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Shanghai surprises

Automakers debut runabouts, supercars and more in bid for Chinese customers

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Suzuki's SX4 S Cross compact crossover.

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Suzuki's SX4 S Cross compact crossover.


Like pretty much every other luxury brand, Honda's Acura got the memo to show up in Shanghai with a crossover concept. The Concept SUV-X was the first-ever Acura concept to make its debut at a Chinese auto show.

Parked alongside the Acura NSX concept and RLX luxury sedan (which will go on sale here this year), the concept SUV-X looks about the same size as our RDX crossover, but with much more flamboyant styling.

Parent Honda hasn't revealed any technical details about the Acura concept, but the Japanese automaker did confirm the SUV-X is a precursor to a "global" production vehicle that will be built and sold in China first and has the "environmental performance of a small vehicle and excellent utility of an SUV."

That sounds like, er, sort of like every other small crossover on the market.


You probably already know that General Motors' demi-luxury Buick brand sells more cars in China than anywhere else in the world, so it's no surprise the new Rivera concept was assigned to the automaker's Shanghai and Pan Asia Technical Automotive Center designers. In fact, the Riviera is the fourth global concept vehicle jointly developed by the two Asian design centres.

GM says the new Riviera "combines avant-garde esthetics and advanced technology," including a plug-in gas-electric hybrid powertrain. While the exterior design of the Riviera is said to foretell the look of future Buicks, the Shanghai show car was also flush with high-tech goodies.

For instance, the concept's batteries can be charged wirelessly via a charging mat the concept parks on, while holographic images on the windshield display the driver's surroundings via 10 high-resolution cameras and 18 sensors.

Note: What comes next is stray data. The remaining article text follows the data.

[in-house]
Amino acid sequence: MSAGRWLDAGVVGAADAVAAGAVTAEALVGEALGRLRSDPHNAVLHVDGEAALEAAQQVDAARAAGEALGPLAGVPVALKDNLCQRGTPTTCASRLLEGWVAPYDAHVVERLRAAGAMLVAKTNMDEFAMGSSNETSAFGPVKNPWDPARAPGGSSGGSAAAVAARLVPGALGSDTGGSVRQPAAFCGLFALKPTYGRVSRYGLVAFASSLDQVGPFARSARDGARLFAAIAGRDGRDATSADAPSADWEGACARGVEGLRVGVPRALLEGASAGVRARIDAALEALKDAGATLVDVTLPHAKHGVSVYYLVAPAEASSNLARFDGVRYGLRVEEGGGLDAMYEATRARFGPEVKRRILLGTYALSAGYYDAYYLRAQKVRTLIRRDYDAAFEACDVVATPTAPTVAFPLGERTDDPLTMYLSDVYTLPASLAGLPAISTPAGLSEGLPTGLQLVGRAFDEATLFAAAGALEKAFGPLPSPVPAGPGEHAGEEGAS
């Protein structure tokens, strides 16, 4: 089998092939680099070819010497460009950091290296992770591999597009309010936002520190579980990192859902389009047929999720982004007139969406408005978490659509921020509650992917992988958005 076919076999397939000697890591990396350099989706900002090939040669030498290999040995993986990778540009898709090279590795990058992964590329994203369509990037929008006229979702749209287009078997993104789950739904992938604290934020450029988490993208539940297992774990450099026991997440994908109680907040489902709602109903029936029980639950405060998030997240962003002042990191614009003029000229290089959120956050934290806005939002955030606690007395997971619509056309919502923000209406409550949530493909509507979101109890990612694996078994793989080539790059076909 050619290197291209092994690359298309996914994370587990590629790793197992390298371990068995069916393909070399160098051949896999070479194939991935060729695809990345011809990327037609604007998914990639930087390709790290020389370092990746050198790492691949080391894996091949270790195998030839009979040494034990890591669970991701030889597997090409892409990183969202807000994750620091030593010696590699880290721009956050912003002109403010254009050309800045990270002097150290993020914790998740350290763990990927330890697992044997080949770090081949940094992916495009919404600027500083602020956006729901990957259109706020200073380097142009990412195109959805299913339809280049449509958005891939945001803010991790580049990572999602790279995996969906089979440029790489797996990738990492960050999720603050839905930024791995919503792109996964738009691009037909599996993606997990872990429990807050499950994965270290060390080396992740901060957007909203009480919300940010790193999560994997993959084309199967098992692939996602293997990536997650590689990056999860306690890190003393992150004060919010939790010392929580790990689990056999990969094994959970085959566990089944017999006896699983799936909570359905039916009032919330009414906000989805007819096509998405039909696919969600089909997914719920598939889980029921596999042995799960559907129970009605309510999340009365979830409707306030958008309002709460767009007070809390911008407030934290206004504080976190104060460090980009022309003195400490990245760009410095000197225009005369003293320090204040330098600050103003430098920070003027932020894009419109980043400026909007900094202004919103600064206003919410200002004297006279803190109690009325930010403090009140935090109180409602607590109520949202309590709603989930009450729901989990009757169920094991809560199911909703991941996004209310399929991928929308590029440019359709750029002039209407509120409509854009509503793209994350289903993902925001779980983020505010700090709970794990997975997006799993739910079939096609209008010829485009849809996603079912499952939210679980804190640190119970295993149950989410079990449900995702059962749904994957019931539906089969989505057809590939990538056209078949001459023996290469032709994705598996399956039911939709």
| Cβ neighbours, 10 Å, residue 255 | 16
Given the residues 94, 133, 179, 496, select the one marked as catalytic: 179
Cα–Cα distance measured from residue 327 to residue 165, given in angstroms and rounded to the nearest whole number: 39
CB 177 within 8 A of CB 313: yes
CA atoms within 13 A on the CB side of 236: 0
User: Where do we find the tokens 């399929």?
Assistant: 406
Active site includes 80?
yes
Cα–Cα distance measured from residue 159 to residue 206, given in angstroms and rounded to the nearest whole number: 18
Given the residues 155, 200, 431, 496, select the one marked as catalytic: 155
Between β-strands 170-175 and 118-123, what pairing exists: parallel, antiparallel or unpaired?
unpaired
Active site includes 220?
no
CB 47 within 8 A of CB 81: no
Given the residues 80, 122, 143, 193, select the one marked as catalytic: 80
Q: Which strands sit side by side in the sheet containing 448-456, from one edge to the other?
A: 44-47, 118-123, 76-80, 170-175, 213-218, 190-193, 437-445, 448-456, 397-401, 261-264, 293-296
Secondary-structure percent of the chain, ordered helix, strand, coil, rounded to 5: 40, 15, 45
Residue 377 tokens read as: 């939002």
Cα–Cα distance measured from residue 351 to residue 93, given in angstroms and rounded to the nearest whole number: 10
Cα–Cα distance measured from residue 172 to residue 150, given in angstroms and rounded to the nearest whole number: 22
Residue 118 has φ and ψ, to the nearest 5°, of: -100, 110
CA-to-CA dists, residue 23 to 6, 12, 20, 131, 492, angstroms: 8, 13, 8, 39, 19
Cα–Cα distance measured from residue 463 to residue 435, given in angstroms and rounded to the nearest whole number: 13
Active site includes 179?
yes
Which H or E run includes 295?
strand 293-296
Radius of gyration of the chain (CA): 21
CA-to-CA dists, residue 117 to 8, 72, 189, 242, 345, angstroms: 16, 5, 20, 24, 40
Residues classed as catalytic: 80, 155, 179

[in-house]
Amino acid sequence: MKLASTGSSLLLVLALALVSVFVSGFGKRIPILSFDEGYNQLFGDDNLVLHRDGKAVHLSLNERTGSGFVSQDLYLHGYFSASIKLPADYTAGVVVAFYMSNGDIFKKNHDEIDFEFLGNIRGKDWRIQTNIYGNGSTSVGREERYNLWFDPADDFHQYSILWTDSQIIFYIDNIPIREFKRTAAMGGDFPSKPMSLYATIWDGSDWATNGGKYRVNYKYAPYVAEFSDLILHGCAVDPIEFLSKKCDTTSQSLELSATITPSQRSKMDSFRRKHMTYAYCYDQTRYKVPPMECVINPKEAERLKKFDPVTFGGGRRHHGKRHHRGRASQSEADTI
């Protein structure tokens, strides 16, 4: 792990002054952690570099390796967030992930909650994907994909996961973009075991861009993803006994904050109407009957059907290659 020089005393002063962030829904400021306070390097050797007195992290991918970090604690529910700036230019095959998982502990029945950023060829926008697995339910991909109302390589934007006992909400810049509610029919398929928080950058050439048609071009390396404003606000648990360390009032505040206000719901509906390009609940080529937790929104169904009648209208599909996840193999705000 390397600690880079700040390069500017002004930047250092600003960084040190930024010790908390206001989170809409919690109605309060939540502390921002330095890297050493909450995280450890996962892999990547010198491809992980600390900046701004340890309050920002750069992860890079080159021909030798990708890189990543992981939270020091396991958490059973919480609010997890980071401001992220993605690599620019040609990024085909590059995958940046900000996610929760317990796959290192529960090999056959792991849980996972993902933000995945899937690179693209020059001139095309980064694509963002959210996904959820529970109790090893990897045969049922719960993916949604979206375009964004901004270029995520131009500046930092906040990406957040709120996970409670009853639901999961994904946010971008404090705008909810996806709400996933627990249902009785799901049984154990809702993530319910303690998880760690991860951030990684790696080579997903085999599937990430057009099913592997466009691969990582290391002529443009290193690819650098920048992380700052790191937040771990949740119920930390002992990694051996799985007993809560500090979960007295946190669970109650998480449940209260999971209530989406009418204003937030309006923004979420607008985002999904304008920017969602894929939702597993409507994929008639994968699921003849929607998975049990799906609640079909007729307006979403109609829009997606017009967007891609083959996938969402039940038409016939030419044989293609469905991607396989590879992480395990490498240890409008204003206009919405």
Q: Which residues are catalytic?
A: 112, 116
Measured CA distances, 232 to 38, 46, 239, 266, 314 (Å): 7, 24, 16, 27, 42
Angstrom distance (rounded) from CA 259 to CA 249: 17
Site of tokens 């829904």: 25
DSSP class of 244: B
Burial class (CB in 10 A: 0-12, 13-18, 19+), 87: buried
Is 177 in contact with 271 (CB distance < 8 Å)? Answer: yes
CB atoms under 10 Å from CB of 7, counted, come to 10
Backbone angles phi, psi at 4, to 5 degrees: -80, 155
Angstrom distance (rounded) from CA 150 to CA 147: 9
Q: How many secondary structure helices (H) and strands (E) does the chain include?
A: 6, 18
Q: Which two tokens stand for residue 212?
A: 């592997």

Ford is getting serious about China. The automaker said 2012 saw the biggest uptake in Chinese Ford sales since the post-Second World War boom, and the automaker is backing this success with a US$4.9-billion growth plan.

As part of that plan, Ford debuted its subcompact Fiesta ST, a mid-size Fusion sedan (dubbed Mondeo in China) and a compact sedan with a name familiar to Canadian small-car buyers: the Escort, a nameplate last seen in Canada in 2003.

While the styling of the Chinese-built front-wheel-drive Escort four-door has some of the Aston Martin-like touches that are appearing on all new Fords, its proportions are different than the Canadian Focus. As for the Fusion-Mondeo, a new 1.5-litre turbocharged four-cylinder making 178 horsepower that also made its debut in Shanghai is speculated to become available on North American Fusion models for 2014.


The Vulcano supercar is the first product from Icona, an Italian design and coach-building company that set up shop in Shanghai specifically to cater to rich Chinese supercar buyers.

Each Vulcano is individually commissioned and can cost as much as $2.7 million. I know what you're thinking: For that kind of money, you could buy a better-known supercar, such as the new Ferrari LaFerrari supercar, which also made its Chinese debut in Shanghai.

But at least the Volcano has some Italian heritage underneath its long hood. You can opt for either a rear-drive Volcano with a 790-hp 12-cylinder and a 160-hp electric motor or an all-wheel-drive version sporting a 550-hp twin-turbo six-cylinder and a pair of 160-hp electric motors front and back, both created by ex-Ferrari F1 technical director Claudio Lombardi.